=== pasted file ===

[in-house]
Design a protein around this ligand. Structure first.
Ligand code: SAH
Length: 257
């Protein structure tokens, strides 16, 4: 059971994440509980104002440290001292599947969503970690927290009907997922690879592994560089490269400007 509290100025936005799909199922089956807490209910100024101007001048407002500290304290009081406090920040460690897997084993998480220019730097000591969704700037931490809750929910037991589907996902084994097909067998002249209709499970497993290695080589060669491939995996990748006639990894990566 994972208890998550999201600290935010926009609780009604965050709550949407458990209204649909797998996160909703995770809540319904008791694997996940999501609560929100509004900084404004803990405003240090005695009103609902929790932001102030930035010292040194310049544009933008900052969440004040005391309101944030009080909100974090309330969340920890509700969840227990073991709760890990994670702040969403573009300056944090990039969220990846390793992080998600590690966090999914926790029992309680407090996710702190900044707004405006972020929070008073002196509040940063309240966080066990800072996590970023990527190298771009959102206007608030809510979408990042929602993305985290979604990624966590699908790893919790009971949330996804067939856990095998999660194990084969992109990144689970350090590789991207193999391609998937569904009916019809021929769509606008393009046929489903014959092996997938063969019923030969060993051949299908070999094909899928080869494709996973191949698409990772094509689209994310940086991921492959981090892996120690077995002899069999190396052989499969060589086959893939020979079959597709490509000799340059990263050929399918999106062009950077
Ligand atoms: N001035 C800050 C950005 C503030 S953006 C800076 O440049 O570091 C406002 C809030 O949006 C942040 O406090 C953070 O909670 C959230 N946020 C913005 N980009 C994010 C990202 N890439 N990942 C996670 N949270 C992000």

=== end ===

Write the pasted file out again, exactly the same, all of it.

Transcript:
[in-house]
Design a protein around this ligand. Structure first.
Ligand code: SAH
Length: 257
């Protein structure tokens, strides 16, 4: 059971994440509980104002440290001292599947969503970690927290009907997922690879592994560089490269400007 509290100025936005799909199922089956807490209910100024101007001048407002500290304290009081406090920040460690897997084993998480220019730097000591969704700037931490809750929910037991589907996902084994097909067998002249209709499970497993290695080589060669491939995996990748006639990894990566 994972208890998550999201600290935010926009609780009604965050709550949407458990209204649909797998996160909703995770809540319904008791694997996940999501609560929100509004900084404004803990405003240090005695009103609902929790932001102030930035010292040194310049544009933008900052969440004040005391309101944030009080909100974090309330969340920890509700969840227990073991709760890990994670702040969403573009300056944090990039969220990846390793992080998600590690966090999914926790029992309680407090996710702190900044707004405006972020929070008073002196509040940063309240966080066990800072996590970023990527190298771009959102206007608030809510979408990042929602993305985290979604990624966590699908790893919790009971949330996804067939856990095998999660194990084969992109990144689970350090590789991207193999391609998937569904009916019809021929769509606008393009046929489903014959092996997938063969019923030969060993051949299908070999094909899928080869494709996973191949698409990772094509689209994310940086991921492959981090892996120690077995002899069999190396052989499969060589086959893939020979079959597709490509000799340059990263050929399918999106062009950077
Ligand atoms: N001035 C800050 C950005 C503030 S953006 C800076 O440049 O570091 C406002 C809030 O949006 C942040 O406090 C953070 O909670 C959230 N946020 C913005 N980009 C994010 C990202 N890439 N990942 C996670 N949270 C992000």